I wanted to pick up the pace with the engine building. The first wobbler took me about three days to build. This one took one day to get to a working engine, but another full day to make and test the boiler. Eventually I'm hoping to be able to kick a working engine out within a couple of hours.
One of the longest parts of building the first one was trying to lap the inside bore of the cylinder to be smooth. Well, this time, I splashed out on a 4mm reamer. It is, however, a hand reamer and has a significant taper. I decided to drill and ream all the way through, then plug the hole at one end. This worked perfectly well, and took a fraction of the time to make, although press-fitting the plug did slightly distort the outside and I had to take another skim cut to true it up again. To be honest the piston/bore is not as good a seal as the previous wobbler, but is about 70% of the way there for 10% of the effort.
I had tried to make a tiny boring bar, ground out of a square hss blank. But no matter what I did, it kept deflecting and giving a tapered finish. Perhaps it needed to be sharper, or perhaps working at this scale just requires a million passes.
Cylinder, piston, crankshaft; flywheel in the background. The chimney was a decorative afterthought.
The pivot pin is turned out of the same piece as the cylinder, avoiding the problem we had last time. The whole thing is about half the size of the previous engine, mainly because I was trying to get it small enough to use a slice of that 13mm rod as the flywheel. I also did away with the locknuts, by just putting a cotter pin through the pivot and threading the spring around it. This stays put nicely and is very easy to adjust.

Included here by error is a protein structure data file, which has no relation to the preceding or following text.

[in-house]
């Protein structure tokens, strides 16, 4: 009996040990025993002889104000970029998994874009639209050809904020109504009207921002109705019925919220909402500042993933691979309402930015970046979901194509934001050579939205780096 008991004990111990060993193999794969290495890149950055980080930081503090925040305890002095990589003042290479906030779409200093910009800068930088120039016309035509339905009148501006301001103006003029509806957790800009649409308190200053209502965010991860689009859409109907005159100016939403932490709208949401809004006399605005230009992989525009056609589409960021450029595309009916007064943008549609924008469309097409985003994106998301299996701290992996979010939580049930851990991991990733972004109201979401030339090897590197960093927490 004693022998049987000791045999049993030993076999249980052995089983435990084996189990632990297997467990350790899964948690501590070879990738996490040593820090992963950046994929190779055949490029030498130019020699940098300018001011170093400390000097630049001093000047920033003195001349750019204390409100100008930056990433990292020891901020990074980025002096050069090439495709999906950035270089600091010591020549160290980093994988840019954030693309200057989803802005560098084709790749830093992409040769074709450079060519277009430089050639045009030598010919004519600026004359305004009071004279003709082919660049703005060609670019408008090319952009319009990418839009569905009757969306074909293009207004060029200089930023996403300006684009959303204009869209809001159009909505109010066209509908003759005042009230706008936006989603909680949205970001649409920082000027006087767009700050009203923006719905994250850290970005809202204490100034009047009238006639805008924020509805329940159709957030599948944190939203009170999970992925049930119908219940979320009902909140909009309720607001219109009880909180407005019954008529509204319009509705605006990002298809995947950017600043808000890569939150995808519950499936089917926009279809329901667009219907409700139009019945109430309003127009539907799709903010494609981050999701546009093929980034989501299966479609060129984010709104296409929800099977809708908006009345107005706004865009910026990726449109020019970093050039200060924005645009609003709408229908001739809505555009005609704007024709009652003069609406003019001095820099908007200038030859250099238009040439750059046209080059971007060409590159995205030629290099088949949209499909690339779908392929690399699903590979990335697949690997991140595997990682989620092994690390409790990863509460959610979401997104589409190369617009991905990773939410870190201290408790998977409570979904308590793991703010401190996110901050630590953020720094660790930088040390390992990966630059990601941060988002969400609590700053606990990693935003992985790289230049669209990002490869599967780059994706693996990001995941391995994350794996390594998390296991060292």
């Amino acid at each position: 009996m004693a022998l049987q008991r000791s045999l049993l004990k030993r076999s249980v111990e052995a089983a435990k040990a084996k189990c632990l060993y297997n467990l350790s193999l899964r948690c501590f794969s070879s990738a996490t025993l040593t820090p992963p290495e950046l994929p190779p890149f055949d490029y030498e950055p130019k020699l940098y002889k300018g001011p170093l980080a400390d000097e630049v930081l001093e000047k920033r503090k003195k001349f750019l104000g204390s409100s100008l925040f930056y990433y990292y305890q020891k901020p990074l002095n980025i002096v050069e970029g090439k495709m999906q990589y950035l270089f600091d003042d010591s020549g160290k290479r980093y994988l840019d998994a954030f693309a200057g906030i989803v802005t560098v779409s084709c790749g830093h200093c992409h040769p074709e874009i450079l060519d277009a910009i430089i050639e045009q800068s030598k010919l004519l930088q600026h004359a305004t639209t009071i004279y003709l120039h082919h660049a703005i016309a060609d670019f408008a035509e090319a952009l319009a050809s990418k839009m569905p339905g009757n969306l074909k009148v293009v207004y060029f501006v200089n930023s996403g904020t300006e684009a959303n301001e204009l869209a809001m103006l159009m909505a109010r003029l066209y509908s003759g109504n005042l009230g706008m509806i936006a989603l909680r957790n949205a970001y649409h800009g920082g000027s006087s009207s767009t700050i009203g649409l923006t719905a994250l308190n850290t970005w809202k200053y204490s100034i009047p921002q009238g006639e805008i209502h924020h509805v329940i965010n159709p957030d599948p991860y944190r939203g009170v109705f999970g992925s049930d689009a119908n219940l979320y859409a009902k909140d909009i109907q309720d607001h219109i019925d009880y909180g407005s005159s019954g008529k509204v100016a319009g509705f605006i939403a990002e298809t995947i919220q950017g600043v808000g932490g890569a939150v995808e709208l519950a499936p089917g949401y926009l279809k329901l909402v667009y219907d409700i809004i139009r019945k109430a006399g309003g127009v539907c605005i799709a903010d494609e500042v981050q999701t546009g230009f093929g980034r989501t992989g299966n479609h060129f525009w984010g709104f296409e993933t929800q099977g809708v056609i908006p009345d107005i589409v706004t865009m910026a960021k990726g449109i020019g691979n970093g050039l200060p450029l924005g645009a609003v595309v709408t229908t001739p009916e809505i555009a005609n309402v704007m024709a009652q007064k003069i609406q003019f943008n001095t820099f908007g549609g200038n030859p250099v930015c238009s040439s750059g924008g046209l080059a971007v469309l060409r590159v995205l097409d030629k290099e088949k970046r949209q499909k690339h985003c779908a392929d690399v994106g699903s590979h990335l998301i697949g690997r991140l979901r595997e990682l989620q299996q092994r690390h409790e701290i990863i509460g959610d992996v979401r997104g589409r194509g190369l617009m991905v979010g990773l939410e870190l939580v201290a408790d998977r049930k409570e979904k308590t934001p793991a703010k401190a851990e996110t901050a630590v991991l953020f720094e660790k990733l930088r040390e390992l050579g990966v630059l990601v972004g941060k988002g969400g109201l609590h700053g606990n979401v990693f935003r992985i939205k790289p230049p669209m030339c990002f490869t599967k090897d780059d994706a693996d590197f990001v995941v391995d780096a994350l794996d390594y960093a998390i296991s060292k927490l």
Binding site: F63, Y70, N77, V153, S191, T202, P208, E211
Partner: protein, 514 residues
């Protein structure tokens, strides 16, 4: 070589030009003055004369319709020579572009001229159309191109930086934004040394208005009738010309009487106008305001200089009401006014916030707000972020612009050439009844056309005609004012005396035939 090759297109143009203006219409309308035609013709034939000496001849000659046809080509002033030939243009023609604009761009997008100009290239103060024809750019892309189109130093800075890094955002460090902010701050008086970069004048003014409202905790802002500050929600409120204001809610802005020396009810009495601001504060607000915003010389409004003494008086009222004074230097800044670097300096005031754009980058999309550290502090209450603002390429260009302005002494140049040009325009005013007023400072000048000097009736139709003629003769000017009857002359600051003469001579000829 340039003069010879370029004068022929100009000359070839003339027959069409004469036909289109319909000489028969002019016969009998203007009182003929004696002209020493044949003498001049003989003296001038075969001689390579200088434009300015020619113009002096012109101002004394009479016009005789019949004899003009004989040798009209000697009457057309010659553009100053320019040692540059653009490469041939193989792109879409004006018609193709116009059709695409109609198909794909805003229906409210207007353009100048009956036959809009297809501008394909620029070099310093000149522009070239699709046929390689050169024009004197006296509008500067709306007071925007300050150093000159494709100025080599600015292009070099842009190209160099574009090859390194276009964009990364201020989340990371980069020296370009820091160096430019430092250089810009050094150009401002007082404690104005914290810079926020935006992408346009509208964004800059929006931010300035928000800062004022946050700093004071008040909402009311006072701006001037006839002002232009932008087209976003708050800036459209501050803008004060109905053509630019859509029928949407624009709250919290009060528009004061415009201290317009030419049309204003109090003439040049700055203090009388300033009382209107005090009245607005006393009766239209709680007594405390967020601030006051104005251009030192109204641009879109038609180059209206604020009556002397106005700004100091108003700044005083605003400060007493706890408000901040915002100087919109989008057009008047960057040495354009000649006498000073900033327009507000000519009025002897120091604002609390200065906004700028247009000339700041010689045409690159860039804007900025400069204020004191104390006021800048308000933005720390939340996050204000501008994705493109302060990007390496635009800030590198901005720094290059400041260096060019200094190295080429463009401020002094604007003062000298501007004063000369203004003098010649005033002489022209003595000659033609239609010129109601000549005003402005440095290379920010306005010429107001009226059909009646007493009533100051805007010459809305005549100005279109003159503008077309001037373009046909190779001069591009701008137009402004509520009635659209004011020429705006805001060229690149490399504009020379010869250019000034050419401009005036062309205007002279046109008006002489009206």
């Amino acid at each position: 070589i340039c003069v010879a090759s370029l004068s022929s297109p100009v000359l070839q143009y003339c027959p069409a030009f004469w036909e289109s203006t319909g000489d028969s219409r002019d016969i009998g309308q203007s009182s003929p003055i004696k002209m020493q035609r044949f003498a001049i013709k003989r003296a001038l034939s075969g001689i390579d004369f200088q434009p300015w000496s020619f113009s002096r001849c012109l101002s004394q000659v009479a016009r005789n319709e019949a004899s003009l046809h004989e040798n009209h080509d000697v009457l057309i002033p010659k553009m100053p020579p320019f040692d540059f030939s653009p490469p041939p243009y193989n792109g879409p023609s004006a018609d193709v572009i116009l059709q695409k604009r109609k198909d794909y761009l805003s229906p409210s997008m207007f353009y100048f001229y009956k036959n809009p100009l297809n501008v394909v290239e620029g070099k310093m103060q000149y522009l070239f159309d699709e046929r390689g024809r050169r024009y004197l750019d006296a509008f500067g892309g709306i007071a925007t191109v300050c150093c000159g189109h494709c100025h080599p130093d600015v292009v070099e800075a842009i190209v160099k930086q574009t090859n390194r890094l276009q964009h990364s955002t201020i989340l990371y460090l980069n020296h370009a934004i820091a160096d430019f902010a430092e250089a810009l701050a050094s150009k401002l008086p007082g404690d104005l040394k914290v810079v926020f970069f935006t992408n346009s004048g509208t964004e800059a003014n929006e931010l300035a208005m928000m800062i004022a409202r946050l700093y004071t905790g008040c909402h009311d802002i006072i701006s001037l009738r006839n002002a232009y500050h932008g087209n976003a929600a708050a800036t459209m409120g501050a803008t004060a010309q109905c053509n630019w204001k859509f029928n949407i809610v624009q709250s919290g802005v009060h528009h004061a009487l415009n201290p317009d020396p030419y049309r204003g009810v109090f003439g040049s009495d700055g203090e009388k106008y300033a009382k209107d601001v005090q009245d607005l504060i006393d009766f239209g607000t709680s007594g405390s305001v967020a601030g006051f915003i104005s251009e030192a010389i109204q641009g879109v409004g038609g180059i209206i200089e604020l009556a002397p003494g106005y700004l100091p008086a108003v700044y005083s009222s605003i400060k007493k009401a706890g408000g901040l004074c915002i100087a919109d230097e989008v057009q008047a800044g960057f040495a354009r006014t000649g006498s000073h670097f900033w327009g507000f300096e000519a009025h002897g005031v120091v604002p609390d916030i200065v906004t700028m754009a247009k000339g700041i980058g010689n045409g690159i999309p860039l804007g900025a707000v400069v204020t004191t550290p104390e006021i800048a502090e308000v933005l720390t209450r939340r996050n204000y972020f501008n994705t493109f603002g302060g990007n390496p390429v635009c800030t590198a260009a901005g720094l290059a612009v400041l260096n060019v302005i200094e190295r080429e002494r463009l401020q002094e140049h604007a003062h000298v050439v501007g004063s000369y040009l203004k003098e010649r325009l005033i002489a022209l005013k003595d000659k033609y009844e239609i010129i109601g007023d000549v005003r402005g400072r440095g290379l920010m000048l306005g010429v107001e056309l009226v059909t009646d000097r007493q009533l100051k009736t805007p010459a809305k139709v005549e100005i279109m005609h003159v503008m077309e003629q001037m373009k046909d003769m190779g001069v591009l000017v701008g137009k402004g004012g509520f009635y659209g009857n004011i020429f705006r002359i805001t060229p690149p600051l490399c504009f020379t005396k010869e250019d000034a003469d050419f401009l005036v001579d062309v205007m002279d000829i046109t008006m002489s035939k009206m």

The steam ports were drilled 0.4mm. This was not easy.
Here's a closeup of the tensioning mechanism. The OD of the spring is about 3.5mm, it started life as a smaller extension spring which was given the pliers-and-blowtorch treatment. The cotter pin is a broken 0.4mm drillbit.
The boiler is constructed from two 22mm copper end caps. I didn't have any 22mm pipe so a ring was cut from one cap which I then split and soldered to a smaller diameter. This then provided the mechanical link inside both halves as I soldered it all together - but drilling the fill port first, of course. The cap for the fill port is just a pin with a slight taper, it seals well and functions as a pressure-relief valve. Depending on how firmly you push it in, it blows at about 20 to 30psi.
Soldering copper to steel is not as straight-forward as all that, but this printer stuff does behave better than I expected. To ensure a good seal I went over the steel parts with flux and solder continuously until I was absolutely certain it had wetted the surface. Then just apply heat as you press the parts together.
See, the engine mounts to the boiler sideways. Kinda flag-shaped, hence the name. The column is also the steam inlet, which like the chimney was drilled 0.8mm all the way through, then 1.5mm for most of the length where the material is thicker.
With the fillport/relief valve cap in place. The weight of the cap, with the small size of pin, is supposed to set the point at which it blows.
It's evident that my soldering is not all that square. Perhaps I should have named this the Wonky Steam Engine. The plan was to have this mount over a tealight candle, and for that it would need legs. I boldly decided to solder these on too, but to try and get them a little more accurately positioned I constructed a jig out of several clamps and mole grips. I turned some decorations into the legs, trying to make them identical by eye.
Success, although I do need to shave off that excess solder. I knew the engine would run at this point, it's quite easy to plug an air hose over the boiler fill port (or the chimney), but would it run on steam?
Yes, yes it runs on steam. I have lost my steam virginity!
But unfortunately that picture above is only during the warm up. I didn't get a photo or video of it running just yet, partly because it tends to walk over the desk as it runs, and partly because a slight problem has arisen. It was only the third time I had run it on steam, and the boiler ran dry. The solder won't melt if there's water in the tank, but as soon as it's dry... the legs fall off. I guess I didn't realise how quickly the water would boil away - the tank only holds about 8ml after all. Hmmmm.
I shall probably stick the legs back on soon, and maybe try and get a video of it. But it's probably more fun to spend my time building more engines. What's next? I think I'd like to build something double-acting, maybe with actual valves.
We are on our way. We are nearly there. It is only a matter of time before the glorious mullah rolls in.